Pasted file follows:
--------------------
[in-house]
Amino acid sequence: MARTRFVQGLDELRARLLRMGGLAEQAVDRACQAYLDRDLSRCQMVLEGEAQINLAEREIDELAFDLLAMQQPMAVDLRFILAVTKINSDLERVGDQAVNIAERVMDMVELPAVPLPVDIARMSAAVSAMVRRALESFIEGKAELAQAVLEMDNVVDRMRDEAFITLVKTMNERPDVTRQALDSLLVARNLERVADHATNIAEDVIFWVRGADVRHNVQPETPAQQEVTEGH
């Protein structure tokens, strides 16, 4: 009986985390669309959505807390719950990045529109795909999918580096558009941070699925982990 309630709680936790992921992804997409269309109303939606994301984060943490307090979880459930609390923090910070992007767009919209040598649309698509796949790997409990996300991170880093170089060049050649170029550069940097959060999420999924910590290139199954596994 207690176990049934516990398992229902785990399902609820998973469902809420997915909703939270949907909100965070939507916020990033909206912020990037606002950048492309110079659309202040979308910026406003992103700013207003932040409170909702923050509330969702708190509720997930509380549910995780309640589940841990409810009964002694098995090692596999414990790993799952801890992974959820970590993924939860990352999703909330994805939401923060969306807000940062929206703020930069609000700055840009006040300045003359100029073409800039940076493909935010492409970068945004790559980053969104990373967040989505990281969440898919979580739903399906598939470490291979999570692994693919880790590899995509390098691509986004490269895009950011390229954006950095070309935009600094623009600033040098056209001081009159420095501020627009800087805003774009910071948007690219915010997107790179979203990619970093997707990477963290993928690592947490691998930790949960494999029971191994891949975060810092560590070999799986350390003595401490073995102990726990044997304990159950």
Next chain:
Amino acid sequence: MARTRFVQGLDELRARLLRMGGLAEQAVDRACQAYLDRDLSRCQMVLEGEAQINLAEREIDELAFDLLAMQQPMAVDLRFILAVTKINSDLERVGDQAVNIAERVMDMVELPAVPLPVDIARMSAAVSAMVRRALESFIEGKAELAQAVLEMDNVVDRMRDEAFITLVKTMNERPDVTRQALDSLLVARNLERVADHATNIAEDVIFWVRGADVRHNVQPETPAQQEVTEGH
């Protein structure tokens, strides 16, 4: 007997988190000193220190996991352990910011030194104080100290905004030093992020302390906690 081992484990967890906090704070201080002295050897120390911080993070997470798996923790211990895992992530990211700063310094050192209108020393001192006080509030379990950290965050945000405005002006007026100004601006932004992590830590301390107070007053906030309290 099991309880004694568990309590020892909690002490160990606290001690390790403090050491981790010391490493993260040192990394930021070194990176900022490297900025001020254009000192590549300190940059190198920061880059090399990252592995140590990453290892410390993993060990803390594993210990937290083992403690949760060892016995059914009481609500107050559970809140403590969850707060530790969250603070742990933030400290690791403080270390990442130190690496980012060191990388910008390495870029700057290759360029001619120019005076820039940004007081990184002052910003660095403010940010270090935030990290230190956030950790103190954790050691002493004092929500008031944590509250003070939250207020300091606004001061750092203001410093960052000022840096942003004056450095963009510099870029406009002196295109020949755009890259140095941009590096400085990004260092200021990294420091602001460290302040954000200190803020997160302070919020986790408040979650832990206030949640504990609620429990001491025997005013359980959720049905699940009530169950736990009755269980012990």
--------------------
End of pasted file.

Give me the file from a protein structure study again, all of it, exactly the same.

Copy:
[in-house]
Amino acid sequence: MARTRFVQGLDELRARLLRMGGLAEQAVDRACQAYLDRDLSRCQMVLEGEAQINLAEREIDELAFDLLAMQQPMAVDLRFILAVTKINSDLERVGDQAVNIAERVMDMVELPAVPLPVDIARMSAAVSAMVRRALESFIEGKAELAQAVLEMDNVVDRMRDEAFITLVKTMNERPDVTRQALDSLLVARNLERVADHATNIAEDVIFWVRGADVRHNVQPETPAQQEVTEGH
């Protein structure tokens, strides 16, 4: 009986985390669309959505807390719950990045529109795909999918580096558009941070699925982990 309630709680936790992921992804997409269309109303939606994301984060943490307090979880459930609390923090910070992007767009919209040598649309698509796949790997409990996300991170880093170089060049050649170029550069940097959060999420999924910590290139199954596994 207690176990049934516990398992229902785990399902609820998973469902809420997915909703939270949907909100965070939507916020990033909206912020990037606002950048492309110079659309202040979308910026406003992103700013207003932040409170909702923050509330969702708190509720997930509380549910995780309640589940841990409810009964002694098995090692596999414990790993799952801890992974959820970590993924939860990352999703909330994805939401923060969306807000940062929206703020930069609000700055840009006040300045003359100029073409800039940076493909935010492409970068945004790559980053969104990373967040989505990281969440898919979580739903399906598939470490291979999570692994693919880790590899995509390098691509986004490269895009950011390229954006950095070309935009600094623009600033040098056209001081009159420095501020627009800087805003774009910071948007690219915010997107790179979203990619970093997707990477963290993928690592947490691998930790949960494999029971191994891949975060810092560590070999799986350390003595401490073995102990726990044997304990159950």
Next chain:
Amino acid sequence: MARTRFVQGLDELRARLLRMGGLAEQAVDRACQAYLDRDLSRCQMVLEGEAQINLAEREIDELAFDLLAMQQPMAVDLRFILAVTKINSDLERVGDQAVNIAERVMDMVELPAVPLPVDIARMSAAVSAMVRRALESFIEGKAELAQAVLEMDNVVDRMRDEAFITLVKTMNERPDVTRQALDSLLVARNLERVADHATNIAEDVIFWVRGADVRHNVQPETPAQQEVTEGH
């Protein structure tokens, strides 16, 4: 007997988190000193220190996991352990910011030194104080100290905004030093992020302390906690 081992484990967890906090704070201080002295050897120390911080993070997470798996923790211990895992992530990211700063310094050192209108020393001192006080509030379990950290965050945000405005002006007026100004601006932004992590830590301390107070007053906030309290 099991309880004694568990309590020892909690002490160990606290001690390790403090050491981790010391490493993260040192990394930021070194990176900022490297900025001020254009000192590549300190940059190198920061880059090399990252592995140590990453290892410390993993060990803390594993210990937290083992403690949760060892016995059914009481609500107050559970809140403590969850707060530790969250603070742990933030400290690791403080270390990442130190690496980012060191990388910008390495870029700057290759360029001619120019005076820039940004007081990184002052910003660095403010940010270090935030990290230190956030950790103190954790050691002493004092929500008031944590509250003070939250207020300091606004001061750092203001410093960052000022840096942003004056450095963009510099870029406009002196295109020949755009890259140095941009590096400085990004260092200021990294420091602001460290302040954000200190803020997160302070919020986790408040979650832990206030949640504990609620429990001491025997005013359980959720049905699940009530169950736990009755269980012990």